What should we make of these statements? First, everything Popovkin says is aimed at fund-raising. Whatever his background, he is a political appointee whose job is to generate interest and funding for Russia’s space program. Everything he says in public must be weighed against this reality. That he first tried to shift the blame to the U.S. for Phobos-Grunt’s loss was an effort to absolve his program from any blame and thus reduce the possibility that the Russian government might cut his funding. Now that his agency has gotten approval of its insurance payment for the failure, however, he is free to say otherwise.

Second, these announcements give us a clear indication of where the Russia space effort is heading, and that effort looks both thoughtful and intelligent.
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Studying the Moon by starlight

The Moon's south pole by starlight

In a paper published today in the Journal for Geophysical Research, Planets, the science team for Lunar Reconnaissance Orbiter describe how they have used starlight to peer into the permanently shadowed craters of the Moon’s north and south poles. Looking only during the lunar night, they measured the dim albedo of the Moon from reflected starlight. From this very weak signal they were able to cull two interesting facts about these very cold and very dark places.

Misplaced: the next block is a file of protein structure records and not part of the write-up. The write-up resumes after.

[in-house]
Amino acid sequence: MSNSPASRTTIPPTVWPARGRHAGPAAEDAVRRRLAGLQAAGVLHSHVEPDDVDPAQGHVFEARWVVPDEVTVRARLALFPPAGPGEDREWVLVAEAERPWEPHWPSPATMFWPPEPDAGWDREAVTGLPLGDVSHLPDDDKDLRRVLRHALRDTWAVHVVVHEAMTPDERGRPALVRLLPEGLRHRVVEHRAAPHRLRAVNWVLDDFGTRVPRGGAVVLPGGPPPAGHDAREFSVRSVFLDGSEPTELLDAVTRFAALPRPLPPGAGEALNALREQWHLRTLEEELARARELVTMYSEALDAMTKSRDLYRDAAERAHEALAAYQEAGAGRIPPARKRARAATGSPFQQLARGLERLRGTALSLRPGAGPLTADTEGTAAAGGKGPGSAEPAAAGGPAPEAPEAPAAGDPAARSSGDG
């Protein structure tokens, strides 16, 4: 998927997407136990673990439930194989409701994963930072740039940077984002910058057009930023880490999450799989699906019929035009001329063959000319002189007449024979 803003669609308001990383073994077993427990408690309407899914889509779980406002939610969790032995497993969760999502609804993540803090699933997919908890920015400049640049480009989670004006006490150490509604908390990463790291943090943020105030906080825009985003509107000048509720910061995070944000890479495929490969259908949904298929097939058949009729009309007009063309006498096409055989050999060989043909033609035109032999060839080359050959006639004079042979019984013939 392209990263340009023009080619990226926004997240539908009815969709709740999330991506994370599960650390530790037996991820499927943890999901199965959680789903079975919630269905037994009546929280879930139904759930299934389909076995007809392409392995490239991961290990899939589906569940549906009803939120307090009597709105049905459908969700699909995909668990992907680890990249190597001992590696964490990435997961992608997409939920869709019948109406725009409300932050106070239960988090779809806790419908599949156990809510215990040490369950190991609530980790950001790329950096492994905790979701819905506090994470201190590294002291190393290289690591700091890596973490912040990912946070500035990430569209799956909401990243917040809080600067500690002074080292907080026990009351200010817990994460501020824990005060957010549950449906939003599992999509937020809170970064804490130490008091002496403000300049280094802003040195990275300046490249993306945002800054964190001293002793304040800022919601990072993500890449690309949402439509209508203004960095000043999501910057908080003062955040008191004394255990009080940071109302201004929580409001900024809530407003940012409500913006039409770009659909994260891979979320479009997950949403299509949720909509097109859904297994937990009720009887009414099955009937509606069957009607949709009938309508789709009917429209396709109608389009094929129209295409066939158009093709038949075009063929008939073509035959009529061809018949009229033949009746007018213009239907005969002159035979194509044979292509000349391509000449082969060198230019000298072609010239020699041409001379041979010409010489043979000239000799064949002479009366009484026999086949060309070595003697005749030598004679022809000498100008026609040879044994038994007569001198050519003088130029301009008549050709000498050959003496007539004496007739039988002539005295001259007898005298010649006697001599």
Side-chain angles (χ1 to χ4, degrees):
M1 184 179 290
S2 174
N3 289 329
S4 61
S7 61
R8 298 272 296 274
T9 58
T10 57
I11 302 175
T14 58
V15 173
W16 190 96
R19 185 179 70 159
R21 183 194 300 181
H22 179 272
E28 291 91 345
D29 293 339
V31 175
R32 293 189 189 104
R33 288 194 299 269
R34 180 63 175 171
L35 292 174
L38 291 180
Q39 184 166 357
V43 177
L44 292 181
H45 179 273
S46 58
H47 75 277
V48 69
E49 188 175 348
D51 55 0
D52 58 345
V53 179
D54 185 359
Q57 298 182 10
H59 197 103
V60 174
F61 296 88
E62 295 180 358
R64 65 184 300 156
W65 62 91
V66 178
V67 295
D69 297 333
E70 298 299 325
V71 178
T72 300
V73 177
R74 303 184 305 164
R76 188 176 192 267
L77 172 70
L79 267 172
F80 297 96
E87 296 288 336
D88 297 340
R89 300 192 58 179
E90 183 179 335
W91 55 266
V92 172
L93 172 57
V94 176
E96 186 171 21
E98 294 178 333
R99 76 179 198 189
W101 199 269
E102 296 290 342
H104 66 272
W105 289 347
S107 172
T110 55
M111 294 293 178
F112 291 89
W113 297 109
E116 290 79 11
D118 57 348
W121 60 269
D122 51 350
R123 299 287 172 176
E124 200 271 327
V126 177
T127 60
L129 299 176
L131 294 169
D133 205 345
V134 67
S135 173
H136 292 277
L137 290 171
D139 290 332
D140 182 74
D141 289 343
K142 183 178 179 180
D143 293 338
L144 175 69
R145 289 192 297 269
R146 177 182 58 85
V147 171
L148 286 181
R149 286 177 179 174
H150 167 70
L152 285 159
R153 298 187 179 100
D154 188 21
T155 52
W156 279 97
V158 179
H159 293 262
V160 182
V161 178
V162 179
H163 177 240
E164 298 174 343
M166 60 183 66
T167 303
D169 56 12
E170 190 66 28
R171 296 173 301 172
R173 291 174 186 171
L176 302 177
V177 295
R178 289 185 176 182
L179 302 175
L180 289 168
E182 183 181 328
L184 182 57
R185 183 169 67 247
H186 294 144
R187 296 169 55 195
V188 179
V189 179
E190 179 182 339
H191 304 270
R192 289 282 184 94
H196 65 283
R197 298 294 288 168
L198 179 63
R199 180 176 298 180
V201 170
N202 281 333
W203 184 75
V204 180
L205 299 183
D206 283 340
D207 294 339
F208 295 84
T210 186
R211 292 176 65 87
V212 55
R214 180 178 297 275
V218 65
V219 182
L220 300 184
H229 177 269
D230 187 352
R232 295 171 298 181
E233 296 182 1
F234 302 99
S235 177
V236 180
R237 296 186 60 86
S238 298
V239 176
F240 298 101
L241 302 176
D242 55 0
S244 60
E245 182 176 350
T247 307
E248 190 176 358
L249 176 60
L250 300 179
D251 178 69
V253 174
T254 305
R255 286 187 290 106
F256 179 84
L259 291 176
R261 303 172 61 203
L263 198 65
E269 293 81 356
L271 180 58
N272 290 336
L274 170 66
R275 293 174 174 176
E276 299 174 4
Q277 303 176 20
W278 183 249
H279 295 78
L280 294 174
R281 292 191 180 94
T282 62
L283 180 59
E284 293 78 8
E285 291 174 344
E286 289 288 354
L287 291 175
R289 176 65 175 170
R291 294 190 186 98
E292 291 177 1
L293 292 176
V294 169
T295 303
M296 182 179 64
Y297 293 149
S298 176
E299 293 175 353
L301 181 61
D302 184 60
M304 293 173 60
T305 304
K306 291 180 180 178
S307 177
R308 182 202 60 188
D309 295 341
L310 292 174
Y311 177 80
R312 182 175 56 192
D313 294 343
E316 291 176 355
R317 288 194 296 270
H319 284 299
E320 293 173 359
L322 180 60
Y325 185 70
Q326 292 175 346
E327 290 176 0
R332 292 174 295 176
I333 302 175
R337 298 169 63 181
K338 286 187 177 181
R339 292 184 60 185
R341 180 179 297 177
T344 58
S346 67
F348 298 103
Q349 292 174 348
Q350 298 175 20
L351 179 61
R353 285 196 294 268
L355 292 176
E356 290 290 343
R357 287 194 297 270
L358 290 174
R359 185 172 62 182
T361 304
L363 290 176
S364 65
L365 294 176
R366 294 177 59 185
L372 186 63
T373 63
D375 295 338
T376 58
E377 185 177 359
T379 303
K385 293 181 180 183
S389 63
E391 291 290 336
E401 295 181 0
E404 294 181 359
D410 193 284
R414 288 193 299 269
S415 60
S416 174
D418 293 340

• The ground at the bottom of these craters is more porous than the surrounding unshadowed terrain.
  • There is evidence in the spectroscopy of 1 to 2% water frost in these craters.

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An audit by NASA’s inspector general finds that NASA can’t keep track of its moon rocks

An audit by NASA’s inspector general has found that NASA can’t keep track of its moon rocks.

In a report issued by the agency’s Inspector General on Thursday, NASA concedes that more than 500 pieces of moon rocks, meteorites, comet chunks and other space material were stolen or have been missing since 1970. That includes 218 moon samples that were stolen and later returned and about two dozen moon rocks and chunks of lunar soil that were reported lost last year.

A breathtaking view of the Apollo 15 landing site

The Lunar Reconnaissance Orbiter team has released a wide angle side view image of the Apollo 15 landing site, showing the lunar module and the areas around Hadley Rille and the Apennine Mountain range that the astronauts explored using their lunar jeep. Below is a cropped close-up, showing the landing site near the top of the image with Hadley Rille near the bottom. Below the fold is a second image showing a wider view that includes the Apennine mountain slope that the astronauts drove their rover up.

Close up of Hadley Rille and Apollo 15 landing site

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The moon contains a vast resource of titanium

There’s gold in them hills! Actually, it’s titanium, and it’s on the Moon.

The highest titanium abundances on Earth are around 1 percent or less. The new map shows that in the [Moon’s] mare, titanium abundances range from about one percent to a little more than ten percent. In the highlands, everywhere TiO2 is less than one percent. The new titanium values match those measured in the ground samples to about one percent.